Thus, regardless of the driving mode, either Comfort or Sport, the Mercedes engine responds more rapidly and in the Sport+ mode, the push of the throttle determines an instant response. The turbo lag can be sensed in the BMW not only when starting from a standstill, but also when accelerating, for example, from 3,000 rpm, despite the excellent automatic Steptronic Sport gearbox. The all-new 9-speed automatic gearbox of the Mercedes is exquisite, thoroughly adapted by AMG for the sporty demands and which, in the Sport, Sport+ and Manual modes (the Manual Mode shall be engaged by a button in the center console) shifts even quicker.
A fierce battle is on, in terms of engine tones. A baritonal sound is dominant in the BMW, accompanied by rumbles as in the endurance sports cars when switching into the Sport+ mode, but the sound brings no drama, nor crescendo that used to bewitch our ears in the last of the aspirated 6-inline M3s. Such is the sound in the Mercedes, even though we are talking about a biturbo: a sharper sound when in crescendo, that enchants even when in the Comfort mode. The people at Mercedes have granted more attention to the artistry. Is therefore Mercedes the new sporty benchmark? Not, because in terms of agility, the BMW keeps its crown. For BMW, the sporty character is some kind of a constitution and nothing has ever deviated the Bavarians from their creed.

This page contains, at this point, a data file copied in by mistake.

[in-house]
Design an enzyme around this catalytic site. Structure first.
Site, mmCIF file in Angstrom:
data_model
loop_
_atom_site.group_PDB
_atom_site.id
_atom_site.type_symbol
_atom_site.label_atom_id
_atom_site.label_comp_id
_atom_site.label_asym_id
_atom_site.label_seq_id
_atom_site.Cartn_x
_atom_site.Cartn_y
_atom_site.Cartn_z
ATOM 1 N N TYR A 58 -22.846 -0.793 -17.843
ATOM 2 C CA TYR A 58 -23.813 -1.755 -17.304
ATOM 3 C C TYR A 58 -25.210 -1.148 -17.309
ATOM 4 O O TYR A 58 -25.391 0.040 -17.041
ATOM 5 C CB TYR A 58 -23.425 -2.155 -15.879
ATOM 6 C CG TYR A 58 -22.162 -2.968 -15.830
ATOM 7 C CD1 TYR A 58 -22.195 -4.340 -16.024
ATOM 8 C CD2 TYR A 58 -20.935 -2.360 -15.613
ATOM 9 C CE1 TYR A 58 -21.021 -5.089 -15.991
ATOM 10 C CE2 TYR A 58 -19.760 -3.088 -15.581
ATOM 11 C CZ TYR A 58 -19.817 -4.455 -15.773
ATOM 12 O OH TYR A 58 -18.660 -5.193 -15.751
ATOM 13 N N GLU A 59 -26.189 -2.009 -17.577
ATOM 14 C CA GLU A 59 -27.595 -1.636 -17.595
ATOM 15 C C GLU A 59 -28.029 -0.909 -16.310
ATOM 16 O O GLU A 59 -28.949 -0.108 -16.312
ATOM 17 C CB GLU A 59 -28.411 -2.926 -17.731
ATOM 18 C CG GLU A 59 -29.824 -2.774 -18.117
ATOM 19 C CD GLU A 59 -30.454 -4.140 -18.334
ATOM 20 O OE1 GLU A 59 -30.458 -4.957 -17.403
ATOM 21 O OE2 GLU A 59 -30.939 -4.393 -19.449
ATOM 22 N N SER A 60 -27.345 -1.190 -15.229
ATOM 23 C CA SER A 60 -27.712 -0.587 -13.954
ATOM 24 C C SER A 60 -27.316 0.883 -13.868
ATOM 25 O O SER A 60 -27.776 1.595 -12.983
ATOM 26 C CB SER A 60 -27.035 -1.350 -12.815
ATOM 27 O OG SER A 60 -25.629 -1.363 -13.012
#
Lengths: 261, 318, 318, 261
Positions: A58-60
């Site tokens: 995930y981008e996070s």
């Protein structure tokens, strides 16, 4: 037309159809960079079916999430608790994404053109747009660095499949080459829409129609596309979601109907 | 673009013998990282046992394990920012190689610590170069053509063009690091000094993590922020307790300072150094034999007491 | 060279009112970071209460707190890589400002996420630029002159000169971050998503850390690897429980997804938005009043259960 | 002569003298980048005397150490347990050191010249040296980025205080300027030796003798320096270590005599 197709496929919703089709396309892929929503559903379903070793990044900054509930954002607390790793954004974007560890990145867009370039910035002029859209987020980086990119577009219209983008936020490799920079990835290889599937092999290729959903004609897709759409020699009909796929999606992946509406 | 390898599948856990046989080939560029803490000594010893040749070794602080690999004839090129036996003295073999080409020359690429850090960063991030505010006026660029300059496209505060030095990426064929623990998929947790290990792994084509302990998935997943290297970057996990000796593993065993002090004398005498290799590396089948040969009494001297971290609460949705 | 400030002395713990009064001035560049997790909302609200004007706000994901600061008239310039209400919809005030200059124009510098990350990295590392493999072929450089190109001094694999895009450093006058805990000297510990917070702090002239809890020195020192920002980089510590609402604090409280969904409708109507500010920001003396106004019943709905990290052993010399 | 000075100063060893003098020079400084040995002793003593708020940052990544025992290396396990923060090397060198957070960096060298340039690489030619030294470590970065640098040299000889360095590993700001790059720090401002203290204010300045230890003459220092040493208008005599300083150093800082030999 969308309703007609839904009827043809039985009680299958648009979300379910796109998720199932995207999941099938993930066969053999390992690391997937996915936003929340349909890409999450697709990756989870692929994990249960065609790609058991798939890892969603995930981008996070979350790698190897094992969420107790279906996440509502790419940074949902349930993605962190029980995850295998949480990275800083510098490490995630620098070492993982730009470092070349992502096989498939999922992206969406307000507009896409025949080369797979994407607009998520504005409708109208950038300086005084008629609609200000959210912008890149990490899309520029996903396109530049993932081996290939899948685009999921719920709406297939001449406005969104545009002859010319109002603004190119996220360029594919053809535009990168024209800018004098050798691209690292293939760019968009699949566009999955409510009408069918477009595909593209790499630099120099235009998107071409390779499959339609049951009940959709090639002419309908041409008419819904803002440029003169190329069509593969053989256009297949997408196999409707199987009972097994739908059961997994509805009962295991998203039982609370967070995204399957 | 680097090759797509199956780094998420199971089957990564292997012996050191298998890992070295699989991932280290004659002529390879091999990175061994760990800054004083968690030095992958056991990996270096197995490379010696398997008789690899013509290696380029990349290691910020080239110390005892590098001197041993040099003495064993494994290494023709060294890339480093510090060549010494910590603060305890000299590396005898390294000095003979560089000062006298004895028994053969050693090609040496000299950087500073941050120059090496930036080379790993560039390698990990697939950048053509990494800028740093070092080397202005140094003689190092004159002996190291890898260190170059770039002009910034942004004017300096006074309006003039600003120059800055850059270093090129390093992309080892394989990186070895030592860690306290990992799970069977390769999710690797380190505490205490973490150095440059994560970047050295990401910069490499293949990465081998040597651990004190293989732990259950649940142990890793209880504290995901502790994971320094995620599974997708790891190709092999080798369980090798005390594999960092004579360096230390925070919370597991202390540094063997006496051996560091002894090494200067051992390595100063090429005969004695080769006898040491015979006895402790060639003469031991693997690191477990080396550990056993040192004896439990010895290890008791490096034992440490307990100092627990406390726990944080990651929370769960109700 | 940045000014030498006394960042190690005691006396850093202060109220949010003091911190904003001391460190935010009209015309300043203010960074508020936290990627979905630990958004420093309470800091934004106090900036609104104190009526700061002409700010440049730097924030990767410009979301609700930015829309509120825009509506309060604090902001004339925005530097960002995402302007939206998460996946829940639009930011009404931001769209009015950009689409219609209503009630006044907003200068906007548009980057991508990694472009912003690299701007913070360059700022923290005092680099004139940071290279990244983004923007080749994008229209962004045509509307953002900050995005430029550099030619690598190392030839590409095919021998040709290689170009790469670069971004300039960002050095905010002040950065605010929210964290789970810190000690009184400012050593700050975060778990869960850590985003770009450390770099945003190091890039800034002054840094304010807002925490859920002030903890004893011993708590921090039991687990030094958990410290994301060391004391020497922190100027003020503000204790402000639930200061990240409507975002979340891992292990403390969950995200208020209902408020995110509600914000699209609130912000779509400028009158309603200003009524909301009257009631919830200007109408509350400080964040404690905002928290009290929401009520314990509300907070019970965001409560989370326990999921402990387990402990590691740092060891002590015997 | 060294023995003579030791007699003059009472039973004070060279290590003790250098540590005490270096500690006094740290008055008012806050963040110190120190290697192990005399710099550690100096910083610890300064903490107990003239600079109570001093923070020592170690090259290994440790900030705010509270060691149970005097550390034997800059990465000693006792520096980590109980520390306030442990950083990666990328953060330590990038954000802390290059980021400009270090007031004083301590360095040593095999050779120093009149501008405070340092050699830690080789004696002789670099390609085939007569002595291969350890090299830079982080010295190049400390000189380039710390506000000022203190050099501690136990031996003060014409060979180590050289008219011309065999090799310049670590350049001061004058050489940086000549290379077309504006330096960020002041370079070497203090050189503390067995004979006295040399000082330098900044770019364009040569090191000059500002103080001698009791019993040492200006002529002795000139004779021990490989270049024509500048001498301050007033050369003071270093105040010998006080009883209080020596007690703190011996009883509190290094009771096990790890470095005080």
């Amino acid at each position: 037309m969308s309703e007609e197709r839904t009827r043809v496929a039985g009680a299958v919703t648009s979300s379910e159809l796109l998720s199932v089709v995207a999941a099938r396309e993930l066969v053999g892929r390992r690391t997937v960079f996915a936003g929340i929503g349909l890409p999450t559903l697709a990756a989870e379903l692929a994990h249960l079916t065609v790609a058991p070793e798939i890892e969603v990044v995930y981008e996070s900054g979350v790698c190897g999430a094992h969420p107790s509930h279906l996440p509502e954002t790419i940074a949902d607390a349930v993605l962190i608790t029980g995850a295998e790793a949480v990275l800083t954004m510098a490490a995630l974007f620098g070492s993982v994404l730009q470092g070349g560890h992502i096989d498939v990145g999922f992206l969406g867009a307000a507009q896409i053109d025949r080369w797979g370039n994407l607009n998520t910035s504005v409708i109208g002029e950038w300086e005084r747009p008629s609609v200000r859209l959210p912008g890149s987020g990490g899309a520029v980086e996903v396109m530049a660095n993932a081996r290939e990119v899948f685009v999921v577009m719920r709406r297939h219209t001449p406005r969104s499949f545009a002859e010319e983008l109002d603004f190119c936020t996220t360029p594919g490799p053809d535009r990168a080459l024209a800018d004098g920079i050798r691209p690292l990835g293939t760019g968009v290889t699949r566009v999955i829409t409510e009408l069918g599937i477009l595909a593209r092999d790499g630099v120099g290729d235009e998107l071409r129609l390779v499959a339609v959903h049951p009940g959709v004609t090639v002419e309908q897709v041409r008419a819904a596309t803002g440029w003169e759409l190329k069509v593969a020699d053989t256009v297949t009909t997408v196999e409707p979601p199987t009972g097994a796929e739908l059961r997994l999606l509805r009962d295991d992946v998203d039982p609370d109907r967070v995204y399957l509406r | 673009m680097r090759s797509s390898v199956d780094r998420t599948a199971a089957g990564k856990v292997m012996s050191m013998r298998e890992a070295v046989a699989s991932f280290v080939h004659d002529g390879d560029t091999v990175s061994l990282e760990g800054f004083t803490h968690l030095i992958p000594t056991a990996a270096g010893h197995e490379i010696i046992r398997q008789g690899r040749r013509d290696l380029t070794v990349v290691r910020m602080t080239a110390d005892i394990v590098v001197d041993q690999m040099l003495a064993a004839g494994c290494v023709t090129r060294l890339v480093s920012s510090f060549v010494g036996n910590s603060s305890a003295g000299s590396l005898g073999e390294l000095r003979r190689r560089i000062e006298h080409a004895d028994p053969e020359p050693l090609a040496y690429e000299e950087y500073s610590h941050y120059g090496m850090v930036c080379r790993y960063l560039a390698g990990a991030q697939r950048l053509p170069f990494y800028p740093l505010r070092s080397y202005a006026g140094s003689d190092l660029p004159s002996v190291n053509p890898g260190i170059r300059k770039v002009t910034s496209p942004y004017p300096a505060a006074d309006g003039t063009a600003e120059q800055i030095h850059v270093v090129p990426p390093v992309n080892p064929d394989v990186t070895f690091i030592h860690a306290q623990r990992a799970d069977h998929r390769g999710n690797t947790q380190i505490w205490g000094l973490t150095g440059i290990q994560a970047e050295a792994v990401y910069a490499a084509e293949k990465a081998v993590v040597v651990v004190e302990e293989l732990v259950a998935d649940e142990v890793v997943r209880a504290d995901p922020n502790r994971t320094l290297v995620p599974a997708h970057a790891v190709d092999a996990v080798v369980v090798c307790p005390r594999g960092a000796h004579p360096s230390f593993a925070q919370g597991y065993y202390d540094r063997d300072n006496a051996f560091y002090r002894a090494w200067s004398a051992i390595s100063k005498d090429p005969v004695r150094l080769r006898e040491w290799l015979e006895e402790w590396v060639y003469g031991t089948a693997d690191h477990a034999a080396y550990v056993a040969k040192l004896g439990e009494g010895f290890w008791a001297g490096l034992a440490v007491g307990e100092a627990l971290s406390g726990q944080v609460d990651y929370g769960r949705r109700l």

In the Sport or Sport+ mode, the X4 leans less than the GLC in corners or, better said, does not lean at all. The adaptive suspension of the BMW is like in a kart in the Sport+ mode, while, in the Mercedes, with all adaptations carried out by AMG on the pneumatic suspension, in the Sport+ mode, it is more permissive and generates a slight body roll. The steering of the X4 also determines more force in the steering wheel in the Sport+ mode and it feels more engaged. When driven to the limit, the BMW holds an almost surgical trajectory precision, slightly superior to that of the Mercedes. The mass distribution inching close to perfection also brings its contribution to this, as it is of 51/49% in the BMW, compared to the 55/45% of the Mercedes. Even though the Mercedes is 60 kilograms lighter and benefits from an extra 55-Nm torque, the getaways are not significantly more rapid, with only a slight difference. The BMW thus holds its crown as the king of sportiness, despite its less spontaneous engine than that of the Mercedes and the 11-centimeter higher driving position.